52. 52. What went well? What went well?What impact did it have? What impact did it have? How do you think youHow do you think more couldof that? do more of that? 53
  53. 53. Realise Your Team is Your Customer• How may I better serve you?• Ask your team this and then follow throughe.g. Am I providing what you need right now? Am I being an obstacle or a help with this project? How can you best use me here? Remember – you must follow through 54
  54. 54. 55
  55. 55. Change Inquiry ProcessPlanning (20 mins)•Start with your change inquiry question•Collate key ingredients of process•Consider a sequence of stepsArticulating•First person present summary (2 mins)•Second person ask questions and feedback (5 mins)•Swap roles 56
  56. 56. Change agenda - organisational change processes 1. establish urgency based on provable need/gap 2. form a powerful coalition or core team 3. develop a vision and operation plan 4. launch numerous small ‟safe to fail‟ pilots 5. communicate the vision and develop whole school approach 6. consolidate improvements by building capacity 7. widen awareness and support 8. celebrate and embed Based on Kotter 57
  57. 57. Our contactsc.doig@thinkbeyond.co.nzwww.thinkbeyond.co.nz/aisachris.jansen@canterbury.ac.nz 58
  58. 58. One new idea is…This is how I could use it… 59
  59. 59. Can they live with it?• Clear proposal and context.• Listening and being listened to.• Understanding you don‟t have to love the idea.• Can you live with it?• If not explain your reasoning.• What is a minor modification that would enable you to live with it?• Can you support this in public and in private?• Until?“Working towards and gaining 100% 60
  60. 60. Next Practice Next Practice moves beyond good practice that already exists “but sets out to move it to a new level”Innovation unit - www.innovation-unit.co.uk/ 61
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  62. 62. Behaviours before beliefsResearch on attitudinal change has long found thatmost of us change our behaviors somewhat beforewe get insights into new beliefs.The implication for approaching new change is clear.Do not load up on vision, evidence, and sense ofurgency.Rather, give people new experiences in relativelynon-threatening circumstances, and build on it,especially through interaction with trusted peers. From Motion Leadership Michael Fullan 63
  63. 63. Change Complexity Uncertainty Ambiguity Exponential rate of change Opportunities ParadoxSpeed Lack of Control Freshness Unintended consequences 64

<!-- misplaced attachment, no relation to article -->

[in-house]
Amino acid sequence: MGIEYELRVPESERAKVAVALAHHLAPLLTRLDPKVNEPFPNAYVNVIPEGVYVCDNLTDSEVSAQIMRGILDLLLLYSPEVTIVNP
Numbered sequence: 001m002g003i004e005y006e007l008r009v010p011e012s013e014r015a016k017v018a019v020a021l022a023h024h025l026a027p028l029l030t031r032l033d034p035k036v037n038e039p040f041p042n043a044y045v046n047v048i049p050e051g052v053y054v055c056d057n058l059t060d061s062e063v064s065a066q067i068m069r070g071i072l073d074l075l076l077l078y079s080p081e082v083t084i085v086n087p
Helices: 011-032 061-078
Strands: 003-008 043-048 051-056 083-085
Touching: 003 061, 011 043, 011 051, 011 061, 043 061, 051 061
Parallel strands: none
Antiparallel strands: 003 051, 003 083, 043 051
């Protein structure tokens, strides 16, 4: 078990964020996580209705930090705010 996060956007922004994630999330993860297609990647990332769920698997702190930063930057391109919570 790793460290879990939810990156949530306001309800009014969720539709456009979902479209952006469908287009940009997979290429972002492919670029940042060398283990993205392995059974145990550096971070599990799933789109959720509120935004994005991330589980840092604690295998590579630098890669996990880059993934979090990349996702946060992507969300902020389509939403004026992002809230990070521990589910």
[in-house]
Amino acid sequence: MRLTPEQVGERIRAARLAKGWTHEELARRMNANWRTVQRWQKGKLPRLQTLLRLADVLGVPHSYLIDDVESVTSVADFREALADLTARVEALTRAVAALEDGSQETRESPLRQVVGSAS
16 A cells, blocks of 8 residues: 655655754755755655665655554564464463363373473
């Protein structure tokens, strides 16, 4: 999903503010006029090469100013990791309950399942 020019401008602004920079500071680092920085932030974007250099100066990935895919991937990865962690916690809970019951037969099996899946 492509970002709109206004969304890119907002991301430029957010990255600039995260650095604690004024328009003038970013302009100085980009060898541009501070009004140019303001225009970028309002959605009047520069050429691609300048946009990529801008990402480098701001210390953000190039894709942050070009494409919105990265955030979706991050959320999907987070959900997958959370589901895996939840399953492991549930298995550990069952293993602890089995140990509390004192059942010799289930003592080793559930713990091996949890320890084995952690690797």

64. 64. change is changing…..Peter Senge – global issues Ecological, social justice and impacts on economyDaniel Pink Abundance, Asia and Automation+ technology, globalization, diversity, 21st century learners,mental health and wellbeing, achievement tail, recruitmentand retention, workload stress+ earthquake….. 65
  65. 65. Networked Leaders• Understanding learners and their needs• Sharing challenges & collaborating across schools• Data teams – learning analytics• Eliminate distractions• One message• Over and over with the message• A few targets – focused• Rigour and quality of learning for all• Connected influencersAdapted from Fullan:Motion Leadership re Instructional Leadership 66
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  67. 67. Four Critical Tasks in Leading Change – to adapt…. Appreciating Mobilising Change Support Leadershi p Building Change Executing Capability Change 69
  68. 68. Behaviours before beliefsResearch on attitudinal change has long found thatmost of us change our behaviors somewhat beforewe get insights into new beliefs.The implication for approaching new change is clear.Do not load up on vision, evidence, and sense ofurgency.Rather, give people new experiences in relativelynon-threatening circumstances, and build on it,especially through interaction with trusted peers. From Motion Leadership Michael Fullan 70
  69. 69. One new idea is…This is how I could use it… 71
  70. 70. How to encourage self-feedback • What were six things you did really well? • What are three things you learnt about yourself? • What was your biggest challenge and how did you overcome it? • What would you do differently next time?This develops • What action will you take next? the teacherinquiry process 72
  71. 71. Networked Leaders• Understanding learners and their needs• Sharing challenges & collaborating across schools• Data teams – learning analytics• Eliminate distractions• One message• Over and over with the message• A few targets – focused• Rigour and quality of learning for all• Connected influencersAdapted from Fullan:Motion Leadership re Instructional Leadership 73
  72. 72. Contributions charts • To remedy, fix or improve a situation • To enable people to reach an important goal.www.plotpd.co 74
  73. 73. Where do you The Iceberg… Results spend your efforts? – on the 13% that is CONTENT visible? Events what can be seen above the Habits/behaviours surface? Patterns of Behaviour SYSTEMS put in place to support Leverage the culture of the Mental Models organisation: processes, structures What we feel CULTURAL Vision mission, values, norms What we think What we are all about here…Adapted from models by Daniel Kim, systems thinking and David Rock 75
  74. 74. Norms build trustIn schools with low levels of relational trust,there is a 1 in 7 chance of showing gains instudent achievement.In schools with high levels of relational trust,there is a 1 in 2 two chance of showing gainsin student achievement.Trust in SchoolsBryk& Schneiderwww.thinkbeyond.co.nz 76